Smoking And COPD (chronic obstructive pulmonary disease)

Although lung cancer is often the first thing people think about when they consider the health risks of smoking, COPD should not be overlooked. Chronic obstructive pulmonary disease is a severe lung disease, which kills around 25,000 people every year in the UK. Around 80 per cent of COPD deaths are caused by smoking.

What is COPD?

COPD is an umbrella term, which covers a host of serious respiratory diseases, including chronic obstructive airways disease, emphysema and chronic (long-term) bronchitis. This is a serious condition, which occurs when the airways narrow; this makes it harder to breathe and causes symptoms including breathlessness, recurrent chest infections and a chronic cough.

Smoking is the most common cause of COPD and the more you smoke, the higher your risk of developing symptoms. COPD is related to smoking because smoking causes damage to the lungs, which result in irritation and swelling. In the long-term, the airways become obstructed, mucus production increases and the lungs become scarred. The symptoms of COPD result from these changes; often, they get worse gradually and it is common to experience symptoms for several years before death from COPD. 

Who gets COPD?

COPD is most commonly diagnosed in people over the age of 35 years old; it is usually found in smokers, but may also affect those who are exposed to fumes and toxic gases in their working environment. It is thought that there are many people living with COPD who have not yet been diagnosed; the NHS estimates that around 3 million people in the UK have COPD, but less than a million cases have been diagnosed. COPD tends to be more common in men, but the number of women affected is increasing year on year. COPD is diagnosed based on symptoms; the earlier you seek advice, the better, as treatment can help to prevent the symptoms from getting worse.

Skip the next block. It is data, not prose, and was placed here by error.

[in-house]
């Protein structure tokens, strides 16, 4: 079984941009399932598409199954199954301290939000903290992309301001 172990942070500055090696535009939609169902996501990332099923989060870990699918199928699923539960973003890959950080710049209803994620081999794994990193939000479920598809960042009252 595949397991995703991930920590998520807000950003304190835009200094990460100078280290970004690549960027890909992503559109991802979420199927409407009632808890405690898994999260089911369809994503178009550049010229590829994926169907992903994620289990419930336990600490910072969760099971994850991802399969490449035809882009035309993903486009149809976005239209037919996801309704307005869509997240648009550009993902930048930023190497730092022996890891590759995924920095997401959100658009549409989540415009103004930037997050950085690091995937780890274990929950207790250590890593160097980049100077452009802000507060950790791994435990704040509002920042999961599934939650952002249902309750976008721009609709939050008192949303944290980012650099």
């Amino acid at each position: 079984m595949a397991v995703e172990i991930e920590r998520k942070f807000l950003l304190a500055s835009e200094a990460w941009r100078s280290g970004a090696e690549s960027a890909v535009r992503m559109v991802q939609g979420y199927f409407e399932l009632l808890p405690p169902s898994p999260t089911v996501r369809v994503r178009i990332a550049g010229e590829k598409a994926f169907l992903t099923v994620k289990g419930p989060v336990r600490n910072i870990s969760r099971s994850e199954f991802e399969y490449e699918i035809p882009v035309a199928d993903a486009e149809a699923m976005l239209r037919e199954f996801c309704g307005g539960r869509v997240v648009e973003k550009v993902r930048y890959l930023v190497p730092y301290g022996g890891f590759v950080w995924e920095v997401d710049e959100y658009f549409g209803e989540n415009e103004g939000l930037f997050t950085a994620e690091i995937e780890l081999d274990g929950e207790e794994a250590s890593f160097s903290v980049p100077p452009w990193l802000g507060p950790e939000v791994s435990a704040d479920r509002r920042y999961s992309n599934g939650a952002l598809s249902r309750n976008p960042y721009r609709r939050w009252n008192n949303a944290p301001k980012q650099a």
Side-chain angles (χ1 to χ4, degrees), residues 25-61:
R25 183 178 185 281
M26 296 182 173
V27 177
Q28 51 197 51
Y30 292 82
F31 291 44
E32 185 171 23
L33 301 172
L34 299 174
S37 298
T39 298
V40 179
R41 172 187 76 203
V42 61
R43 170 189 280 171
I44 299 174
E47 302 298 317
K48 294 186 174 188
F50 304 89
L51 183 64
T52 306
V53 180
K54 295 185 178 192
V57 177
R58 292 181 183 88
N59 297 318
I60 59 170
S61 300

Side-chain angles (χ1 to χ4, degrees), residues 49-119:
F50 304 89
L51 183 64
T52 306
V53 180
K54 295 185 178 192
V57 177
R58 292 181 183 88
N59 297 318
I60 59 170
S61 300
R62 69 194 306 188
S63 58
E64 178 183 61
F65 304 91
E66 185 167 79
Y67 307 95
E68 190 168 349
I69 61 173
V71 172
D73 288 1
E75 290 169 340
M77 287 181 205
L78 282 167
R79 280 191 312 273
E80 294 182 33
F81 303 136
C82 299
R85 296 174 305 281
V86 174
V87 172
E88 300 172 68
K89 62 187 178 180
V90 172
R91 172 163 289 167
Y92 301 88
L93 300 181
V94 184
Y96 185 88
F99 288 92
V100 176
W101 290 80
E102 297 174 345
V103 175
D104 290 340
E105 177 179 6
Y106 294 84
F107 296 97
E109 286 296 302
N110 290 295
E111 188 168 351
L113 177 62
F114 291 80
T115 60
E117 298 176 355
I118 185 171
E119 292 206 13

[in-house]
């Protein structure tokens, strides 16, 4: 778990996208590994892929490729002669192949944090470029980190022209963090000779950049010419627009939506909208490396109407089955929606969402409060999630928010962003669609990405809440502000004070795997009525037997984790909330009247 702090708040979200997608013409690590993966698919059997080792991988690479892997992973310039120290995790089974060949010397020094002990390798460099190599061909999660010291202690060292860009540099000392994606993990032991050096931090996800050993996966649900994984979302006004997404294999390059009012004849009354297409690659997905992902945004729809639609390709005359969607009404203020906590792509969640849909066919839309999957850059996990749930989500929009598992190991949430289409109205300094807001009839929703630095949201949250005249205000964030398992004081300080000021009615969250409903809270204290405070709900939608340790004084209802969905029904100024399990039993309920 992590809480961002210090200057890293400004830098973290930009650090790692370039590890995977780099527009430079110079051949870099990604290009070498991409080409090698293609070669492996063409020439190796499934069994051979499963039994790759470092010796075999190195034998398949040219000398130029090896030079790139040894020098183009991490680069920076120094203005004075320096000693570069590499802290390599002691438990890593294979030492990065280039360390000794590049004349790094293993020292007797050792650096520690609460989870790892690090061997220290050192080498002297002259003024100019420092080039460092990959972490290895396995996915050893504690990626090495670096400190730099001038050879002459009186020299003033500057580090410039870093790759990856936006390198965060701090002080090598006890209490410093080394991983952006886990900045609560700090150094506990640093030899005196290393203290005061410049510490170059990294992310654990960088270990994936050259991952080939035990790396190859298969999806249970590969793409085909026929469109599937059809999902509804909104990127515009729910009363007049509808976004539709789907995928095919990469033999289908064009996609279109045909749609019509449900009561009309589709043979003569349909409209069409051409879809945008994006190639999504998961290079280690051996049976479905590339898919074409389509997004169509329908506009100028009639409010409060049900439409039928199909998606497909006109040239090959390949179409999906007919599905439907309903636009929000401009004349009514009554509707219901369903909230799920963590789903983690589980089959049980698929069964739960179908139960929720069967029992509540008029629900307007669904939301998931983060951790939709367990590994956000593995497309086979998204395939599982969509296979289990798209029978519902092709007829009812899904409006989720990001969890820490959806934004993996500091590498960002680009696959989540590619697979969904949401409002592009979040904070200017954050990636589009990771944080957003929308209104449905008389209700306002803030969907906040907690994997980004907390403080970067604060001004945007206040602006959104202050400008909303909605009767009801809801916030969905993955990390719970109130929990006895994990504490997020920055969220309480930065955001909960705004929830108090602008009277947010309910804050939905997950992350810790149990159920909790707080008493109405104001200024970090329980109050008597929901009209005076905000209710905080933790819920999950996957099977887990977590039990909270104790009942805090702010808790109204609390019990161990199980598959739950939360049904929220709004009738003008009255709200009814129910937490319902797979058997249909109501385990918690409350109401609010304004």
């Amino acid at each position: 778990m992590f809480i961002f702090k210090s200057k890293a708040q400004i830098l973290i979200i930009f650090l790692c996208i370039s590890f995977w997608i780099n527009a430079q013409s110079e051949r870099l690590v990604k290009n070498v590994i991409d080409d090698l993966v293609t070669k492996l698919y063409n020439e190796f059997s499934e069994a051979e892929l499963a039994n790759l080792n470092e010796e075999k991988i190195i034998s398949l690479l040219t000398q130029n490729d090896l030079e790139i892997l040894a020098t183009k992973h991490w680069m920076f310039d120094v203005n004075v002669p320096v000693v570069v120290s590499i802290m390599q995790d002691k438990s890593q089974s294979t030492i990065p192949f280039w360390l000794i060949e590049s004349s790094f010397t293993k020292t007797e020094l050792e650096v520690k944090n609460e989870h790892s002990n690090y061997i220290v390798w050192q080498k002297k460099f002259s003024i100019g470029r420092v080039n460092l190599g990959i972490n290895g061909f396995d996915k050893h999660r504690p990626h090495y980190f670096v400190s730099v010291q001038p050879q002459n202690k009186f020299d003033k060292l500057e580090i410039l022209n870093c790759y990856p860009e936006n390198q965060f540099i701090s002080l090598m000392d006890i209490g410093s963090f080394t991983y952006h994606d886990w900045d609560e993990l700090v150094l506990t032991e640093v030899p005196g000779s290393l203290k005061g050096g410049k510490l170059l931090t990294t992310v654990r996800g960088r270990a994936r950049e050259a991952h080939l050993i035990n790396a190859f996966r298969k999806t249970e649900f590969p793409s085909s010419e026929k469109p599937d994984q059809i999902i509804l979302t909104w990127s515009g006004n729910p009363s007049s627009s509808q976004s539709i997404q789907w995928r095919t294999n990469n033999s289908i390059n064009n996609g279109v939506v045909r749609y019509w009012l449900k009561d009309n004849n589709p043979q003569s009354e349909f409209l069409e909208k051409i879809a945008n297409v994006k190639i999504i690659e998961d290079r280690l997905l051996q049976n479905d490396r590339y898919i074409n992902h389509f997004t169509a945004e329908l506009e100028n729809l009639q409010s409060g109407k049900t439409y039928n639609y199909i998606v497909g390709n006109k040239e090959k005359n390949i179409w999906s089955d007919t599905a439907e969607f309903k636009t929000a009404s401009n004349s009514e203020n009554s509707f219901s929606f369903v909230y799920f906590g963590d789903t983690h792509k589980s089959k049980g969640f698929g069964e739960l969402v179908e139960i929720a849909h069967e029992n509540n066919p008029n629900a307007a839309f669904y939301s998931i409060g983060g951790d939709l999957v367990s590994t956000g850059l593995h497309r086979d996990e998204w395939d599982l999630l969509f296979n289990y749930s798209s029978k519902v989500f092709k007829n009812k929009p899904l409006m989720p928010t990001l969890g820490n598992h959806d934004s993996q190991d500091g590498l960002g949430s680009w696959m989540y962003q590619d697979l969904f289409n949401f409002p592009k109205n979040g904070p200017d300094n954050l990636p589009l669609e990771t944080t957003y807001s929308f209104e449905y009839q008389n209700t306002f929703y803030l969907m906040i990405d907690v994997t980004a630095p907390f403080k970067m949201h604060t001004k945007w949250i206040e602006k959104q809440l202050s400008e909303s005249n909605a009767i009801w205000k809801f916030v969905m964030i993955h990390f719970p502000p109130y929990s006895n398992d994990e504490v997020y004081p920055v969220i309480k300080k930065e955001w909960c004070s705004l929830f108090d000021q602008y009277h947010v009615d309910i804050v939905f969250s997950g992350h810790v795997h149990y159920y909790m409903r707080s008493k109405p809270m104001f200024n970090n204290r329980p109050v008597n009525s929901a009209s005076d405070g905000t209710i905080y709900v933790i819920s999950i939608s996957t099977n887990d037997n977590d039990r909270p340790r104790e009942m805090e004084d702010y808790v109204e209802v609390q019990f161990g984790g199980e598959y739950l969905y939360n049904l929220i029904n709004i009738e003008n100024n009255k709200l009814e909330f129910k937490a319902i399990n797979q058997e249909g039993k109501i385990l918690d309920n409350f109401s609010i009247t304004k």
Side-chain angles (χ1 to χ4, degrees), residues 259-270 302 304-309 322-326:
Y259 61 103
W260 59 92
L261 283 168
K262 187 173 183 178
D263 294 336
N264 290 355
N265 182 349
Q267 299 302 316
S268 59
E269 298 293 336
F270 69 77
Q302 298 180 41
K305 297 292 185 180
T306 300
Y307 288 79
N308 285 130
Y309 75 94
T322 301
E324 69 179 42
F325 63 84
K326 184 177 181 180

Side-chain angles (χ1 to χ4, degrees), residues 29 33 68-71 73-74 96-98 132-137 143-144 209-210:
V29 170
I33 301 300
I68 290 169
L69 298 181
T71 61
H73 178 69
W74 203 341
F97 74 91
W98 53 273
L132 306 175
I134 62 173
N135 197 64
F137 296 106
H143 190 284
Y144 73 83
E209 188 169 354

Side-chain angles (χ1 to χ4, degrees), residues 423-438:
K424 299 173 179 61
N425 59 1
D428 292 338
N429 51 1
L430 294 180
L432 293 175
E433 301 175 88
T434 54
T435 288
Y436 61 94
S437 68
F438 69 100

Treating COPD

There is no cure for COPD and it is not possible to repair the damage caused to the lungs; however, it is possible to slow the progress of symptoms and to make you feel more comfortable. Treatment options include medication and using an inhaler to help you breathe more easily. In rare cases, surgery may be recommended. 

Smoking is the main cause of COPD and giving up smoking will help to reduce your risk of developing this serious disease; if you would like advice about giving up smoking, contact your local GP surgery or call the NHS Smoking Helpline on 03001231004.

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